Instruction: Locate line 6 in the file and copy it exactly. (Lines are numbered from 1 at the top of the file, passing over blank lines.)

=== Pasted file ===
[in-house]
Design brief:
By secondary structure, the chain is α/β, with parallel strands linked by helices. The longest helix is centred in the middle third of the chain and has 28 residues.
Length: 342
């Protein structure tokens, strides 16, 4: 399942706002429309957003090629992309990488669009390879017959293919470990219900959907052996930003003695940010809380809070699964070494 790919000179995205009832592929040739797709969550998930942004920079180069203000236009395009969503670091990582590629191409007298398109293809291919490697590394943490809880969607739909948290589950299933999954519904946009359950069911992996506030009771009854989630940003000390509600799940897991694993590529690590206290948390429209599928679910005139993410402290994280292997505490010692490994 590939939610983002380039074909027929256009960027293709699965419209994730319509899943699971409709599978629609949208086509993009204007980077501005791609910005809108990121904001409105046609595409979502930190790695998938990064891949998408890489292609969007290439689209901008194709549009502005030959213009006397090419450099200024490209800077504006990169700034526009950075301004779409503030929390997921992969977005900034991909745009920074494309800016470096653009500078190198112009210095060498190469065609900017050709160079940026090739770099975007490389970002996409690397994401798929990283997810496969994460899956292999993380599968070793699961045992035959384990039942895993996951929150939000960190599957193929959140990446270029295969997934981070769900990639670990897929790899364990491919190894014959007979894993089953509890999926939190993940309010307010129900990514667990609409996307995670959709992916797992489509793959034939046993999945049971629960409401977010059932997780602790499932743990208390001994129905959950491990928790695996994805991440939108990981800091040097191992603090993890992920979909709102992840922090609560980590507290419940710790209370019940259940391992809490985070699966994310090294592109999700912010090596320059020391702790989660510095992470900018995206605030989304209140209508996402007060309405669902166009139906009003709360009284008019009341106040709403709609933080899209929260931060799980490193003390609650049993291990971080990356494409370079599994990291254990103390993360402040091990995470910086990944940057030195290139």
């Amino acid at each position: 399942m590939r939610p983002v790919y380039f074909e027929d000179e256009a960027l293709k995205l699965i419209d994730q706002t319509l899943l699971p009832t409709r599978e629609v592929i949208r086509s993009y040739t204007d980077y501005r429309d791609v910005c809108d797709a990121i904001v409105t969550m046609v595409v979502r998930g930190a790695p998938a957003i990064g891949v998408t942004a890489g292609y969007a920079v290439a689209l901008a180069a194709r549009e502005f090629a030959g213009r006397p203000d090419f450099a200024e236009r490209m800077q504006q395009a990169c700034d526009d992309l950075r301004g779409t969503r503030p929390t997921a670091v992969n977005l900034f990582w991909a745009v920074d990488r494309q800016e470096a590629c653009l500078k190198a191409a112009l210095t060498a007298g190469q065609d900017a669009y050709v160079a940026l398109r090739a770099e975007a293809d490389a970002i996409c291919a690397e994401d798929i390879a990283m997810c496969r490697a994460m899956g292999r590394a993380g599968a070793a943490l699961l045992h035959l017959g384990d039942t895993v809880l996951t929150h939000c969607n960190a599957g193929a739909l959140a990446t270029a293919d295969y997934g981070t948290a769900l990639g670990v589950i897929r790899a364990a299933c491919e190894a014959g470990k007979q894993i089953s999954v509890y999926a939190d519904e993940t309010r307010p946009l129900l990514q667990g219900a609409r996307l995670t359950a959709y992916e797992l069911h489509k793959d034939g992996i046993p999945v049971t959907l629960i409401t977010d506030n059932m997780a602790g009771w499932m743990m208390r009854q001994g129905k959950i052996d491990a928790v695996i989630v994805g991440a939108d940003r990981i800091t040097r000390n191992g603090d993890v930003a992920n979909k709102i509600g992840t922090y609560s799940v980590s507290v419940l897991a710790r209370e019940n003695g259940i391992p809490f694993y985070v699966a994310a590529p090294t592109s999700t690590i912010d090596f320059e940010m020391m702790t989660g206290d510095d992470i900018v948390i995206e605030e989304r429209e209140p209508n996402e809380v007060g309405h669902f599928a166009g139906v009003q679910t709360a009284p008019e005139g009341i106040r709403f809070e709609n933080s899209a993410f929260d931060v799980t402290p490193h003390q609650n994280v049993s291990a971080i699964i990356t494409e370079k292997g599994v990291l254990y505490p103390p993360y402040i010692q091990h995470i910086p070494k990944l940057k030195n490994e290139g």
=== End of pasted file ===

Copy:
């Amino acid at each position: 399942m590939r939610p983002v790919y380039f074909e027929d000179e256009a960027l293709k995205l699965i419209d994730q706002t319509l899943l699971p009832t409709r599978e629609v592929i949208r086509s993009y040739t204007d980077y501005r429309d791609v910005c809108d797709a990121i904001v409105t969550m046609v595409v979502r998930g930190a790695p998938a957003i990064g891949v998408t942004a890489g292609y969007a920079v290439a689209l901008a180069a194709r549009e502005f090629a030959g213009r006397p203000d090419f450099a200024e236009r490209m800077q504006q395009a990169c700034d526009d992309l950075r301004g779409t969503r503030p929390t997921a670091v992969n977005l900034f990582w991909a745009v920074d990488r494309q800016e470096a590629c653009l500078k190198a191409a112009l210095t060498a007298g190469q065609d900017a669009y050709v160079a940026l398109r090739a770099e975007a293809d490389a970002i996409c291919a690397e994401d798929i390879a990283m997810c496969r490697a994460m899956g292999r590394a993380g599968a070793a943490l699961l045992h035959l017959g384990d039942t895993v809880l996951t929150h939000c969607n960190a599957g193929a739909l959140a990446t270029a293919d295969y997934g981070t948290a769900l990639g670990v589950i897929r790899a364990a299933c491919e190894a014959g470990k007979q894993i089953s999954v509890y999926a939190d519904e993940t309010r307010p946009l129900l990514q667990g219900a609409r996307l995670t359950a959709y992916e797992l069911h489509k793959d034939g992996i046993p999945v049971t959907l629960i409401t977010d506030n059932m997780a602790g009771w499932m743990m208390r009854q001994g129905k959950i052996d491990a928790v695996i989630v994805g991440a939108d940003r990981i800091t040097r000390n191992g603090d993890v930003a992920n979909k709102i509600g992840t922090y609560s799940v980590s507290v419940l897991a710790r209370e019940n003695g259940i391992p809490f694993y985070v699966a994310a590529p090294t592109s999700t690590i912010d090596f320059e940010m020391m702790t989660g206290d510095d992470i900018v948390i995206e605030e989304r429209e209140p209508n996402e809380v007060g309405h669902f599928a166009g139906v009003q679910t709360a009284p008019e005139g009341i106040r709403f809070e709609n933080s899209a993410f929260d931060v799980t402290p490193h003390q609650n994280v049993s291990a971080i699964i990356t494409e370079k292997g599994v990291l254990y505490p103390p993360y402040i010692q091990h995470i910086p070494k990944l940057k030195n490994e290139g």